We paid our $4.00 (!), bought our popcorn, the lights went down and we settled in for the ride. The opening, with John and Alice Clayton—Lord and Lady Greystoke—castaways on an African beach, their ingeniously built tree house, a heart-stopping attack by gorilla-like creatures ending in their murder, and the rescue of their son—held us rapt. Watching the naked child-gone-feral in the care of these apes…we were still in a happy state of suspended disbelief. The boy grew into the lankily gorgeous and sultry Christopher Lambert, and now audiences were starting to get edgy…soon Jane Porter would appear, and the jungle romance would begin.
But she didn’t appear.
The expedition that invaded Tarzan’s jungle included only men. Most of us didn’t realize that the Frenchman, D’Arnot, played by Ian Holm, was one of the most faithful elements of Burroughs’ first novel, Tarzan of the Apes. D’Arnot is badly injured by cannibals, Tarzan nurses him back to health and in turn he teaches the ape man French as a first language. But this protracted sequence, complete with tender male bonding, was starting to make moviegoers nervous. Half the movie was over. Where the hell was Jane?!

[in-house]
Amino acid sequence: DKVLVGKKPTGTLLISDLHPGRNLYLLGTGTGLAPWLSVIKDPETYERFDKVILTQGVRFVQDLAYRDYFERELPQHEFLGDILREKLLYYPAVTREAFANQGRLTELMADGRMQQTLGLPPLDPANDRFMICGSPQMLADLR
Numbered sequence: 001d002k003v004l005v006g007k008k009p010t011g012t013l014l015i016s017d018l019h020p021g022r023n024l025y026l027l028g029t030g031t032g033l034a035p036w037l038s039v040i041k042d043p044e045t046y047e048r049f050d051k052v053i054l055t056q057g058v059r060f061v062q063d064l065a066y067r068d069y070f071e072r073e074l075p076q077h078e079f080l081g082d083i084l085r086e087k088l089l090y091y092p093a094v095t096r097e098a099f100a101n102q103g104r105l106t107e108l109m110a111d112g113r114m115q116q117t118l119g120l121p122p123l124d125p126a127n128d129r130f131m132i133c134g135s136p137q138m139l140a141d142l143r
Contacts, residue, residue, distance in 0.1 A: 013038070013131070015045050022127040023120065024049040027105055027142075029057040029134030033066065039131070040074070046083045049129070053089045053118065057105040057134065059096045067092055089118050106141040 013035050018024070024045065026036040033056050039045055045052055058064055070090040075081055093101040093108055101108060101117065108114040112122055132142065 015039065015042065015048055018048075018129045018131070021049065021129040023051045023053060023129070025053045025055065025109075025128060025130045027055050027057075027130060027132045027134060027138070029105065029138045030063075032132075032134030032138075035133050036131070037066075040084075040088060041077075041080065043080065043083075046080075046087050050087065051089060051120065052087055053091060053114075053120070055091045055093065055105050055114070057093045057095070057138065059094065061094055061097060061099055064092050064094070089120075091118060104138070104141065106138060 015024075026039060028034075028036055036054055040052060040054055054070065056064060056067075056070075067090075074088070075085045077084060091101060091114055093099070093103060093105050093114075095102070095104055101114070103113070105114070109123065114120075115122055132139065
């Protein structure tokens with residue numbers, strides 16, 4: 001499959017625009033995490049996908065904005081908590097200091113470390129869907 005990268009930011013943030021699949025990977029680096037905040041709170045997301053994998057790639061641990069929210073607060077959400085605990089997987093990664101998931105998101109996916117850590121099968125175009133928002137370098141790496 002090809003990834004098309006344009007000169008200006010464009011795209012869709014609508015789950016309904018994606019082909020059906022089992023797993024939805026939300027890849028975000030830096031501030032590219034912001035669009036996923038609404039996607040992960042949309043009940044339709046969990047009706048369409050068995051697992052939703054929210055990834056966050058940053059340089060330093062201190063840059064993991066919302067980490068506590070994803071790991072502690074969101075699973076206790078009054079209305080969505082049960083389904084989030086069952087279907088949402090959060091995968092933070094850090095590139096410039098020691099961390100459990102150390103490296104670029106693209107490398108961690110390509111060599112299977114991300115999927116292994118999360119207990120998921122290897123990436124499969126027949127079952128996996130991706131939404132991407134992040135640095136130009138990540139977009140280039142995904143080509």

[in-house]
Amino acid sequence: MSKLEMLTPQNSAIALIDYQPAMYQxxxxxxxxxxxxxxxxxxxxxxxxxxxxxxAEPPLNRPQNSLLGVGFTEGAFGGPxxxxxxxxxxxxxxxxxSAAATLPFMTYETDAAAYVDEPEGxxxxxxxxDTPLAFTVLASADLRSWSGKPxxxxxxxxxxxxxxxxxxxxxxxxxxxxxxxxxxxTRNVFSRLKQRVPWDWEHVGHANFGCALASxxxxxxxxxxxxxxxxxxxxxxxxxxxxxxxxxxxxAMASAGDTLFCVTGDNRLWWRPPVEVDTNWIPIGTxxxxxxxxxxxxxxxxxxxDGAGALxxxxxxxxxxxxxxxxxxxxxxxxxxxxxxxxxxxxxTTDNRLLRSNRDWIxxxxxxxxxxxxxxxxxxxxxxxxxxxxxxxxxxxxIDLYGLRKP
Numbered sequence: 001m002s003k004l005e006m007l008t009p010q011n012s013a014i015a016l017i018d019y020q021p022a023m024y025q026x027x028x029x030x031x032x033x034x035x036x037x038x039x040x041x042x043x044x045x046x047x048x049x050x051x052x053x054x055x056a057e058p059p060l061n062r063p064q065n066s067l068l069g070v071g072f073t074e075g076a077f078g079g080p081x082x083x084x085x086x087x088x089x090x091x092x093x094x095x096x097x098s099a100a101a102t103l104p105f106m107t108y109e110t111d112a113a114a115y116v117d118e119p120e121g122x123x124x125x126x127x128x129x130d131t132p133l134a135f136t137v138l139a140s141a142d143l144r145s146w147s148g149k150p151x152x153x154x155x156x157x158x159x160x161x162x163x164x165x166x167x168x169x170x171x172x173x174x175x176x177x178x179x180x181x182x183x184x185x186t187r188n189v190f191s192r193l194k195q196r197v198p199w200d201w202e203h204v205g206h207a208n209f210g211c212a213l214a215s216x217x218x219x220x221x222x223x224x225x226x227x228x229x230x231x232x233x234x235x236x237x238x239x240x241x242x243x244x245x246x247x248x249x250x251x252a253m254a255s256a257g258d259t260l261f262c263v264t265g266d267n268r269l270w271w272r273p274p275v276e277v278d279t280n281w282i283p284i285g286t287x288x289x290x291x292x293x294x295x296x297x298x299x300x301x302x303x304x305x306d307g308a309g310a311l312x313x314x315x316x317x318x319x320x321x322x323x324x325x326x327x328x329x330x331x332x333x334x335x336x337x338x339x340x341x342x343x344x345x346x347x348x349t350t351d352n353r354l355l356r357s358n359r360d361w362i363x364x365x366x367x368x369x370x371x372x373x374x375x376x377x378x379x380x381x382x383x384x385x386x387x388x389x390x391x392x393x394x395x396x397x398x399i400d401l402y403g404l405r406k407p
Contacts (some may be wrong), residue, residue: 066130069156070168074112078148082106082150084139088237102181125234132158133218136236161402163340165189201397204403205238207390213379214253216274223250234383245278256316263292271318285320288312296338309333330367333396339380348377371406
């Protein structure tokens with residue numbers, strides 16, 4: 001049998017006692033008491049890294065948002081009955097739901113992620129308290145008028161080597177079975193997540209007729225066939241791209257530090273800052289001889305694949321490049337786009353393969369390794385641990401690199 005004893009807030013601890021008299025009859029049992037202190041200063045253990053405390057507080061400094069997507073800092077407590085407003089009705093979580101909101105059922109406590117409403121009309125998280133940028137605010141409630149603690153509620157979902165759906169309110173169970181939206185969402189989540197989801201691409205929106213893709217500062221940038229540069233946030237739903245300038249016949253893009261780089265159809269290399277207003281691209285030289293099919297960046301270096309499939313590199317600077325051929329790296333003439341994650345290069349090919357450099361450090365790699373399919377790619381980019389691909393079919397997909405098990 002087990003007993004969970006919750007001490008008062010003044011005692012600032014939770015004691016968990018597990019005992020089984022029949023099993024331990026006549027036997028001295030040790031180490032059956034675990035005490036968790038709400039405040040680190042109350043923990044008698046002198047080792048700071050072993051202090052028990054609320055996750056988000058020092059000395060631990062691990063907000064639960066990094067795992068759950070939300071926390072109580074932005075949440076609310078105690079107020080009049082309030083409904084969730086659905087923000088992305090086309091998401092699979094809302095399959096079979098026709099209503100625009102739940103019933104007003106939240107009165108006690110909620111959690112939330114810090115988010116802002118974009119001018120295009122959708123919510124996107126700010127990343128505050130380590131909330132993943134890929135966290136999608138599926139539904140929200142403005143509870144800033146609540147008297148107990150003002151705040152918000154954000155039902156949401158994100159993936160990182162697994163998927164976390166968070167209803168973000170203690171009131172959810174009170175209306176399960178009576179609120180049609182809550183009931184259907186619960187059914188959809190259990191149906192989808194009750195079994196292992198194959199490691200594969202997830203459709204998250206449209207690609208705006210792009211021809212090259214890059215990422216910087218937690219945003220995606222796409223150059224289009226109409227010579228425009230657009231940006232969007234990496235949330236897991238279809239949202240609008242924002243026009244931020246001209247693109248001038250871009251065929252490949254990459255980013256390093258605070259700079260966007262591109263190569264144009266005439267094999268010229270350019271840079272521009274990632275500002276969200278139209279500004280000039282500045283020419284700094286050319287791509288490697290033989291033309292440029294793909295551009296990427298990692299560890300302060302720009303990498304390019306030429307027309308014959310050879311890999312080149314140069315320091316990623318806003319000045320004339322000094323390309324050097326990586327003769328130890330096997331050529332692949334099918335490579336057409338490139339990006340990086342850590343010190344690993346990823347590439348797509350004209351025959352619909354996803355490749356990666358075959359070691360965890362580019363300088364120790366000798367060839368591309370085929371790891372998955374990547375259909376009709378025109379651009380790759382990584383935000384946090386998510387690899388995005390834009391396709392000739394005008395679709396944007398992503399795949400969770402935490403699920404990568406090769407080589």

Next thing we know D’Arnot has Tarzan dressed in turn-of-the-century finery and takes him back to England to claim his birthright as Lord Greystoke. Something was very, very wrong, but there we all were sitting in the dark getting more and more frustrated with every passing moment.
Finally, Jane appears on the grand staircase of an English mansion and the meeting with Tarzan (henceforth called by his proper name, John Clayton) takes place. We were momentarily placated by the delicate beauty of Andie McDowell in her high-neck Victorian lace (not knowing then that every word of her dialogue had been re-dubbed by Glenn Close). But as the minutes dragged by, all hopes of the couple somehow returning to Africa for a rumble in the jungle died. The action is limited to John Clayton trying to acclimate to civilized life. Perhaps the most memorable moment comes when John sneaks into Jane’s canopied bed and before ravishing her hops around making chimp noises and sniffing her. In the remaining screen time, John visits the Natural History Museum and sees a chimp that’s been eviscerated by vivisectionists; he also witnesses his ape “father” being shot and killed.
In the last few frames of “Greystoke,” Jane finally makes it to Africa, but only to return the too-wild-for-civilization John Clayton to his jungle home. What the hell?!! How on earth had the filmmakers been allowed to go so wrong? No one loved the movie. It might have been a box office success, but it was a critical failure. The best that those people who had waited breathlessly for its release could say was, “The first half was good.”